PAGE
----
Some refer to the calico cat as a breed, but it's actually not a breed at all. Instead, calico is a tri-color coat pattern, often of black, red, and white. Many different types of cats can have this coat pattern, and it is not restricted to any particular type or breed.
Frankie (r) and Teddie are tortoiseshells, but they do have some white in them, so technically, they would be tortoiseshell-and-white.
Here in the US, Calico is often a term used to describe tortoiseshell-and-white cats, although there are some differences between the two terms.
In either case, a cat with any white in the coat is called parti-color. So, this would include black and white cats (known as tuxedo cats) and the calico and tortie-and-white.
The above picture shows a typical calico with a fair amount of white and the patched appearance. I think they're beautiful cats.
Tortoiseshell cats (or torties) are defined differently depending upon which source you reference. They are sometimes defined as bi-color cats, with the two colors being black and red (no white).
When there is also white in the mix, they are known as tortoiseshell-and-white, or... calico in the US.
Calico is a term usually used to describe cats that substantially white, with patches of the other tortoiseshell colors.
Here is how they're described in the book, For the Love of Cats...
"Tortoiseshell cats have a coat with a combination of any one solid color and red or cream. These colors may be completely mixed as in brindled tortoiseshell or separate as in patched tortoiseshell. The solid color may be black, brown, blue, chocolate, lilac, cinnamon, fawn, or golden."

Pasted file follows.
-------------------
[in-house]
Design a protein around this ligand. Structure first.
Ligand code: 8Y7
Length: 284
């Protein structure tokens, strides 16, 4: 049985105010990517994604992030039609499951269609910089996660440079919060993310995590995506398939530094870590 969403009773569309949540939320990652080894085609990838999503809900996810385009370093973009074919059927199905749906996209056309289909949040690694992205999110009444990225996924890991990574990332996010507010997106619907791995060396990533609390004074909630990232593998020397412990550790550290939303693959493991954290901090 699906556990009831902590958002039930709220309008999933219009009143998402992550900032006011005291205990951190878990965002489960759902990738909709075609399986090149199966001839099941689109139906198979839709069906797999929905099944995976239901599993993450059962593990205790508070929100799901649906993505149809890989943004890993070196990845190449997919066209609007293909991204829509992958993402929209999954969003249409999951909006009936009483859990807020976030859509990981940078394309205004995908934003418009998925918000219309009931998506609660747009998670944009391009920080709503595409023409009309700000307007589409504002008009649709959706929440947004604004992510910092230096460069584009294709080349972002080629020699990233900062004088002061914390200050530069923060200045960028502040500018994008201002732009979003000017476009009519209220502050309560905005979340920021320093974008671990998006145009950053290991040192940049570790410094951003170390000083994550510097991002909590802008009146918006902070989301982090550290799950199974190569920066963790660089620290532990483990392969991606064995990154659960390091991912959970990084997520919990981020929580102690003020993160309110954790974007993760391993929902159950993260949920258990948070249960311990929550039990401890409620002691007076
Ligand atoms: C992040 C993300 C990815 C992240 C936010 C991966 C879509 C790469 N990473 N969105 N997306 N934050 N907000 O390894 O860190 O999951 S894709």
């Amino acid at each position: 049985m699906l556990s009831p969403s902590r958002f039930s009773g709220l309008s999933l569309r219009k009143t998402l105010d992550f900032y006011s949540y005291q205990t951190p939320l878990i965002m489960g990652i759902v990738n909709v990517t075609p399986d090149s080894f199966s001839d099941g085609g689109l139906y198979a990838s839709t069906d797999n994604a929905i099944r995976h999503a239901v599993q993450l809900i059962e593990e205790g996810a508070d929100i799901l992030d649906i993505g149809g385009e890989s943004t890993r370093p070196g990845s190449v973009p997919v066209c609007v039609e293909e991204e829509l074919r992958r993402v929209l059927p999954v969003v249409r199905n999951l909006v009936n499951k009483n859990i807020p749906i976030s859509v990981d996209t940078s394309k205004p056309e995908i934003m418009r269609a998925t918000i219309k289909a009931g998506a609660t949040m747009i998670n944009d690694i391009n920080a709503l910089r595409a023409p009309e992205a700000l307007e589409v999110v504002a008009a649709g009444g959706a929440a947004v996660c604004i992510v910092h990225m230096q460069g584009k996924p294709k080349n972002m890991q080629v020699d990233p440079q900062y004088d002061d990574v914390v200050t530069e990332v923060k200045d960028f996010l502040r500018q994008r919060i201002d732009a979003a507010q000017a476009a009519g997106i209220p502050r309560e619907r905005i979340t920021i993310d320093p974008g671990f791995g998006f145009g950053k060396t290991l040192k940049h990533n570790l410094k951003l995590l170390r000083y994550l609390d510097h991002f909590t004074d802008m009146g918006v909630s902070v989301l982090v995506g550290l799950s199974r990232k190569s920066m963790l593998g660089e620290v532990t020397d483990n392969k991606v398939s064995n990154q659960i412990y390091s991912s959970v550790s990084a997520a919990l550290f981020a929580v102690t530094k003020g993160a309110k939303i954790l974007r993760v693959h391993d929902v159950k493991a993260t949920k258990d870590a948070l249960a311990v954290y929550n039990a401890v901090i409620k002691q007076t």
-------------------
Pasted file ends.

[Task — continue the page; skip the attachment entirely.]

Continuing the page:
The calico cat, on the other hand, may be a bit different from the tortoiseshell-and-white in some respects. As of Oct 1, 2001, the calico is the official state cat of Maryland. Here is, in part, what their website has to say...
"A calico cat must be a tri-color, with its three colors in distinct patches, not mixed as in a tortoiseshell cat. Some breed standards specify what percentage of the body must be white; others allow tabby striping in the color patches. To be a true tri-color, a calico cat's colors must be: white; red or cream; and black, blue, chocolate, lilac, cinnamon, or fawn. The variations in color from red and black are caused by a gene which dilutes, or lightens up the basic color, and produces a dilute calico cat, most commonly with a coat of white, cream, and blue."
The above picture shows off Teddie's colors, from coal black to chocolate brown, through the reds and creams to white.
One unusual and unique variation on the calico pattern is sometimes seen in the Japanese bobtail, and is known as Mi-ke.
The Mi-ke is a tri-color cat, often primarily white all over, with the calico pattern appearing only on the head, face, and tail/rear area.
According to the CFA, while Japanese bobtails can be tortoiseshell (of the black, red, and cream variety), the Mi-ke is a tri-color in black, red, and white, where the red areas may have tabby striping or spotting.
So, the calico "breed" is... not! What they are, however, are beautifully colored felines that show up in many different breeds.
The genetics of cat coat color is a complex subject. Due to genetic considerations, the genes that produce colors in domestic felines, are, to some degree, sex related. Calico cats, therefore, are mostly female, with most males being sterile.
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